I rather agree with you, Brian, but I believe it would have worked better with a two or three teenager gang who kept returning to rob the place, and whom the police couldn't (or wouldn't) stop. But that's a lot of story to cram into a couple of incidental scenes. And I feel the movie would have worked better without it in any case. Why make Clark a super bully? That's not Superman.
|Posted: 27 January 2020 at 8:53am | IP Logged | 1
THAT is the key to the question. There is no doubt a good Superman movie can be made. I feel that there are a lot of actors who can play Superman, and the first post-credit scene of "Justice League" proved it to me. That was Superman that I recognized.
Mr. Byrne is quite right that "boy scout" is a pejorative that a lot of Superman's fellow heroes began using (of all things! What kind of respect do they show when they call Superman a big blue boy scout?)
So. They need to decide what Superman is, first and foremost. That's easy; the mightiest hero of the planet who espouses truth, justice, and the American way. And they have to be quite aware that the story MUST involve that character. I mean, a beach-blanket-bingo could be fun, even today, but not as a James Bond vehicle. (Or possibly it could, but to make it valid would require a HELL of a lot more effort than I think directors want to put into a movie, more's the pity.)
Then they have to determine what SOLVABLE challenge can they present to Superman. Superman 2, Man of Steel, and Justice League had Superman countered by anti-Superman - a threat that is as powerful as Superman (or moreso if there are more anti-Supermans.) Superman has to find a way to out-think them, because he cannot outpower them.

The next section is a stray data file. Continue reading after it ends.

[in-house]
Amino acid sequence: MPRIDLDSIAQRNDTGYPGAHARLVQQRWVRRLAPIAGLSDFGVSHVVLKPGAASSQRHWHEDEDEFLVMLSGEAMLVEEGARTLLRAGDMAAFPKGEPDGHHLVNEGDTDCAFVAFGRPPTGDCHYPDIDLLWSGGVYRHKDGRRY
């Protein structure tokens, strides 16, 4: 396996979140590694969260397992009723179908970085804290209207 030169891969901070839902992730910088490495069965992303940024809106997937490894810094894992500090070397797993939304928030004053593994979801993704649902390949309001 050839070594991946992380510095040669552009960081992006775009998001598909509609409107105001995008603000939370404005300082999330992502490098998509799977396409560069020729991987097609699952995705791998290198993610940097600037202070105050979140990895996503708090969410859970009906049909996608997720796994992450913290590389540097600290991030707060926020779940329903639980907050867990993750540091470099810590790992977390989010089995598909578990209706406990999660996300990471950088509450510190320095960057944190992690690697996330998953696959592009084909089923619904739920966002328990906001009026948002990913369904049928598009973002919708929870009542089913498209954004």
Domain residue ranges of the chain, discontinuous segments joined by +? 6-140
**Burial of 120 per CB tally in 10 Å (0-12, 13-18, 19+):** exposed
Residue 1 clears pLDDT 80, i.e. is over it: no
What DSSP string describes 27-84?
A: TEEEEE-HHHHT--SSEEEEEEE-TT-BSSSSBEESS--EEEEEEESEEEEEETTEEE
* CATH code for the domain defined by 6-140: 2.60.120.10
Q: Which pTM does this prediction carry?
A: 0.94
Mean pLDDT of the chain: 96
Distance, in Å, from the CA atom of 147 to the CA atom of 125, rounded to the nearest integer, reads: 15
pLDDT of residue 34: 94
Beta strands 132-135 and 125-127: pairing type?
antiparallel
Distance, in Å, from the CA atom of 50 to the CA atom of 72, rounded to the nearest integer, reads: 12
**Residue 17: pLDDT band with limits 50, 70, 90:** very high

Ironically, Superman, Superman 3, and Superman Returns had the opposite challenge - someone who is smarter than Superman*. Twice it's Luthor. I guess Superman 4 is kinda up in the air between the two of these, but who talks about Superman 4?
What kind of challenge then? Is it a threat to Superman or a threat to society (local, national, or worldwide?) Is it death and destruction, tyranny and dictatorship, or some other challenge?
This is the difficulty of a Superman movie, but when the elements are laid out, I don't think they're especially hard to address and put together**. But it's not easy... then again, if they want to make Avengers-level money, maybe it's WORTH the effort.
*In "Frederich Neitzsche and the Power of Transfiguration", he describes Sigfried as "very brave and very strong and very handsome and very stupid." Sounds like a formula used far too many times.
**Says the big mouth who's never made a movie!